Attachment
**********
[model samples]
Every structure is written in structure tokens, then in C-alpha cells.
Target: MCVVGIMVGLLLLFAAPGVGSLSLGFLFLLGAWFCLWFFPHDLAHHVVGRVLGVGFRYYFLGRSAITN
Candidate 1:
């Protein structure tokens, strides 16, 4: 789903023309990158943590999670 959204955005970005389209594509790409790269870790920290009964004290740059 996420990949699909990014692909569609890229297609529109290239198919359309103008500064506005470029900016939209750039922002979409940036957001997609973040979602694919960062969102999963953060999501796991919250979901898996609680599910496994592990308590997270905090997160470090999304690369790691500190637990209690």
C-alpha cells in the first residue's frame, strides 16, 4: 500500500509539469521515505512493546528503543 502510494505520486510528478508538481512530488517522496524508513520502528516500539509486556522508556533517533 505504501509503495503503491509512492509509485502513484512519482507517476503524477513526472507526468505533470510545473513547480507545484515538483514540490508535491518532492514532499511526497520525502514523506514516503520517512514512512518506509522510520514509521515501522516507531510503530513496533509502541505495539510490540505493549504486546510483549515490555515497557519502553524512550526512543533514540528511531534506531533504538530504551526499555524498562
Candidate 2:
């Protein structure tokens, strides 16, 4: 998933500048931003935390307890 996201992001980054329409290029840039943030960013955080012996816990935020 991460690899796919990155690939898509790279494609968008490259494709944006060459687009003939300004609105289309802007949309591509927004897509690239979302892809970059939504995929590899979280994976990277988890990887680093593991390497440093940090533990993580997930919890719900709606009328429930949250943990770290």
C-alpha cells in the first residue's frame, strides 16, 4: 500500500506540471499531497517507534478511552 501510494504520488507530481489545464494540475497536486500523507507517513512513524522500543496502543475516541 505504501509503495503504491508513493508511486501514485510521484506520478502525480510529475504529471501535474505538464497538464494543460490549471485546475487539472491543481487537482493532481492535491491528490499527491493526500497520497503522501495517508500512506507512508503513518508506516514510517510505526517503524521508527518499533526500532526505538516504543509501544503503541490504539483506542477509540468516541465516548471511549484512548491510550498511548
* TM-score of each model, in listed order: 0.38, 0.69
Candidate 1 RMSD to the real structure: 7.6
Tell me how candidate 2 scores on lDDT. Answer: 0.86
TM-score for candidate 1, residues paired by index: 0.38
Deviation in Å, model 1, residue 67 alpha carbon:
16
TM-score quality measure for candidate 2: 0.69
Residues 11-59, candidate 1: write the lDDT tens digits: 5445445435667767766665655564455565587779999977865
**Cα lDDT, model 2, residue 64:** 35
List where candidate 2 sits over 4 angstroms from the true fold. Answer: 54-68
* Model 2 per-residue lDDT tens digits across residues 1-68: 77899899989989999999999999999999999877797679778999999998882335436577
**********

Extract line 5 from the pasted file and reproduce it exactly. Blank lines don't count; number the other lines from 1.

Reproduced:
């Protein structure tokens, strides 16, 4: 789903023309990158943590999670 959204955005970005389209594509790409790269870790920290009964004290740059 996420990949699909990014692909569609890229297609529109290239198919359309103008500064506005470029900016939209750039922002979409940036957001997609973040979602694919960062969102999963953060999501796991919250979901898996609680599910496994592990308590997270905090997160470090999304690369790691500190637990209690």